Researchers at the Fred Hutchinson Cancer Research Center have identified genetic markers associated with aggressive prostate cancer. They say their work could lead to the development of a simple blood test that could help determine who should receive aggressive treatment and who could opt for more conservative approaches.
Janet Stanford has been studying prostate cancer for years; she knows the statistics and can recite them from memory:
Prostate cancer is the second most common cause of death from cancer in men in the United States.
More than 240,000 cases will be diagnosed this year. And close to 5,500 of them will be in Washington state.
- Residents return to ‘war zone’ in wake of Wenatchee wildfire
- Woman knocked unconscious by falling drone during Seattle's Pride parade
- How ISIS methodically groomed a lonely young Wash. state woman
- Lake City residents fight to regain use of now-private beach
- Despite struggles on and off field, ex-Skyline star QB Jake Heaps still chasing his dream
Most Read Stories
The researcher and her colleagues at the Fred Hutchinson Cancer Research Center have zeroed in on the overtreatment of the disease — which in men with slow-growing and seldom lethal prostate cancer can result in impotence and the loss of bladder control, among other side effects.
Their findings, published online Tuesday in the medical journal Cancer Epidemiology, Biomarkers and Prevention, could lead to a simple blood test to determine who should receive aggressive treatment and who should consider more conservative options.
Their discovery won’t help with early detection of the disease but could help with the likely outcome of the illness, the scientists say.
Stanford and her colleagues at the Hutch analyzed the DNA in blood samples from more than 1,300 prostate-cancer patients in and around Seattle and identified 22 genetic variants associated with aggressive, lethal prostate cancer.
They looked through 937 genetic variants among 156 genes that they hypothesized were associated with tumor growth and its likelihood of spreading and proving fatal.
An analysis by Stanford and her colleagues of close to 3,000 patients in Sweden whittled those down to five variants among five genes.
“The question was simple: How can we identify the prostate cancers that are destined to kill? It’s often difficult to distinguish between harmless and aggressive cancers,” said Stanford, who says she became involved with prostate-cancer research because there was a dearth of information during the nascent stages of her career, and also for personal reasons. Her father is a prostate-cancer survivor.
Part of the challenge, she says, is that similar tumors can produce far different outcomes among patients, with one man dying of his cancer a few years after diagnosis and another man living for decades.
“How can we avoid putting men through treatment that may not be necessary, and often rough?”
Previous studies have found that about three-quarters of men with indolent, or slow-growing, tumors, receive aggressive therapy, ranging from radiation therapy to hormone therapy to the complete removal of the prostate.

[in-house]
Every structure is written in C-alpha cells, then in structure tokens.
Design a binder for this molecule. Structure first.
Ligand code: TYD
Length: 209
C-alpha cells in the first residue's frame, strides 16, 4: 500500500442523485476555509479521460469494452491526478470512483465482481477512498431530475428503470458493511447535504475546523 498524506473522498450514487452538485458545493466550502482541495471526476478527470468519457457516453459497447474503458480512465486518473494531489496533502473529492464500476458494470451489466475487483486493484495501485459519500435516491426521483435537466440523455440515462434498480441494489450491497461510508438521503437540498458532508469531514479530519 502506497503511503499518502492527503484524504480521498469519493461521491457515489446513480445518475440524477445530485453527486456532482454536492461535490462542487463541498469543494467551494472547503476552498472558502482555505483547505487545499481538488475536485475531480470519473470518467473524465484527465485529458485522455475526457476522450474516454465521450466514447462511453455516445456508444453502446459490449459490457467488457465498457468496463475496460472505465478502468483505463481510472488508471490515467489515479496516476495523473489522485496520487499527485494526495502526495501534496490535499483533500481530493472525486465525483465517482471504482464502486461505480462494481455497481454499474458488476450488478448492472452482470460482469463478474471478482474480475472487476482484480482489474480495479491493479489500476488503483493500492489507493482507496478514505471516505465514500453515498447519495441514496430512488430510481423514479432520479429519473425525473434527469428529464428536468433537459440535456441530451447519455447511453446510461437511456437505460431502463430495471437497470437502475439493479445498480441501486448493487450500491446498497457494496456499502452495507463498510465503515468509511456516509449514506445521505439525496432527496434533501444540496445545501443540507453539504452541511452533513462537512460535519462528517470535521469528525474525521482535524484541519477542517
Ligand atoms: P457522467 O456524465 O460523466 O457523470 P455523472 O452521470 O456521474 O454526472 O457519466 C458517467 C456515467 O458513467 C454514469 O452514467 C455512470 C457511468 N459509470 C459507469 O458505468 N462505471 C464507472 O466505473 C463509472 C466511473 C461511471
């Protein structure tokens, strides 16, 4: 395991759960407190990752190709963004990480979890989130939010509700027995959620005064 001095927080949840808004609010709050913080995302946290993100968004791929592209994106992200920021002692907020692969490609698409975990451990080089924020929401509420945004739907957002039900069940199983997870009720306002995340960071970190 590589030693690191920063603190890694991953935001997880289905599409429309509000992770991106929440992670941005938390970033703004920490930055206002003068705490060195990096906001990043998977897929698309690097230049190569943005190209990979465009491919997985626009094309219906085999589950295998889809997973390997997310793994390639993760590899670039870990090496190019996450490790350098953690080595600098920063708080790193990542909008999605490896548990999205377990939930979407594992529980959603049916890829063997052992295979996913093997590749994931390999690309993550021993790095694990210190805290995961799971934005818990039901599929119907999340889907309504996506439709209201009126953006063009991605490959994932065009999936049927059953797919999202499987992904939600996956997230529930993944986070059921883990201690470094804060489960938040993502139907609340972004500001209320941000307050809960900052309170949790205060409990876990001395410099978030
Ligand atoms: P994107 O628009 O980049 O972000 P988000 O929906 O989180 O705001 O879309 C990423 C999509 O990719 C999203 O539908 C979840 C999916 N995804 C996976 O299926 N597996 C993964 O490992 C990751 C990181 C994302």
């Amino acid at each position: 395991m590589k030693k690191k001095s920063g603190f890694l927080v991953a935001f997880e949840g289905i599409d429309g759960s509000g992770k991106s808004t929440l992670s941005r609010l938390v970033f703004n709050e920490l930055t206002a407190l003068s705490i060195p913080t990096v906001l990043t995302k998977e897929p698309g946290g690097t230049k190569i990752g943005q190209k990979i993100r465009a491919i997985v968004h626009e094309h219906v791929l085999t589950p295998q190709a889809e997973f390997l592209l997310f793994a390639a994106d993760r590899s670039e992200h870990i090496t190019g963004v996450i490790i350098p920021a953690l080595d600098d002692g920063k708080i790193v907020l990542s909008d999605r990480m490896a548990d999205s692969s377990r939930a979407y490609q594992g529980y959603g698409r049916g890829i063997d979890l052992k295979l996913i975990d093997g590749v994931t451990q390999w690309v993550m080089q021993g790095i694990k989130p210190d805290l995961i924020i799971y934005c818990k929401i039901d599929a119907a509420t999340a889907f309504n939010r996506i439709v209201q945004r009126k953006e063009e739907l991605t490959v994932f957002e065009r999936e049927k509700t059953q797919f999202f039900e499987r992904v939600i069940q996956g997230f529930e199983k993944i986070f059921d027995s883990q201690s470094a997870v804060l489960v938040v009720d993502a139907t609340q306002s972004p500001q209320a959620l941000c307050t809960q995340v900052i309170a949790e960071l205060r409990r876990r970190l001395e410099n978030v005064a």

Overtreatment, Stanford says, is no one’s fault. The tools available are lacking, leading doctors to err on the side of caution, potentially overtreating a condition because their priority is to keep the patient from dying.
“We’re motivated by good things, but we don’t always get the best outcomes,” said Robert Resta, a genetic counselor at Seattle’s Swedish Medical Center who is not affiliated with the study. “This work is a great first step.”
While a number of studies have looked at family and genetic history to determine cancer risk, Stanford’s work is the first time that genetic history has been used to determine the aggressiveness of a tumor.
Stanford’s blood test isn’t meant to replace anything. Rather, it would complement existing tools, becoming part of a process that starts as soon as a routine prostate exam gives a doctor pause.
From there, a prostate-specific antigen (PSA) test measures proteins produced by cells of the prostate gland. If the results warrant it, a biopsy is performed and the tissue rated on a scale of 1 to 10, with 8 and up indicating an aggressive and often lethal form of cancer that may require radiation therapy or surgery, while scores of 2 to 4 suggest a possibly indolent tumor meriting more conservative treatment.
“We need to be able to stratify patients, and this has the potential to help do that,” said Stanford.
This is when Stanford’s blood test comes in.
If 4 to 5 biomarkers are found in the blood, chances are that the patient has a form of prostate cancer that requires aggressive treatment, whereas 1 or 2 biomarkers suggest that the cancer is potentially slow growing and could benefit from active surveillance — routine PSA tests, prostate exams and biopsies.
“We need every tool we can get to help with prognosis,” Stanford added.
If her work proves successful — which means the findings would hold across ethnic lines, ages and stages of cancer progression — it could also help ease the economic burden created by the overtreatment of nonaggressive tumors. About $2 billion to $3 billion is spent annually in the U.S. on initial therapy alone, according to Stanford.
Roberto Daza: 206-464-3195 or firstname.lastname@example.org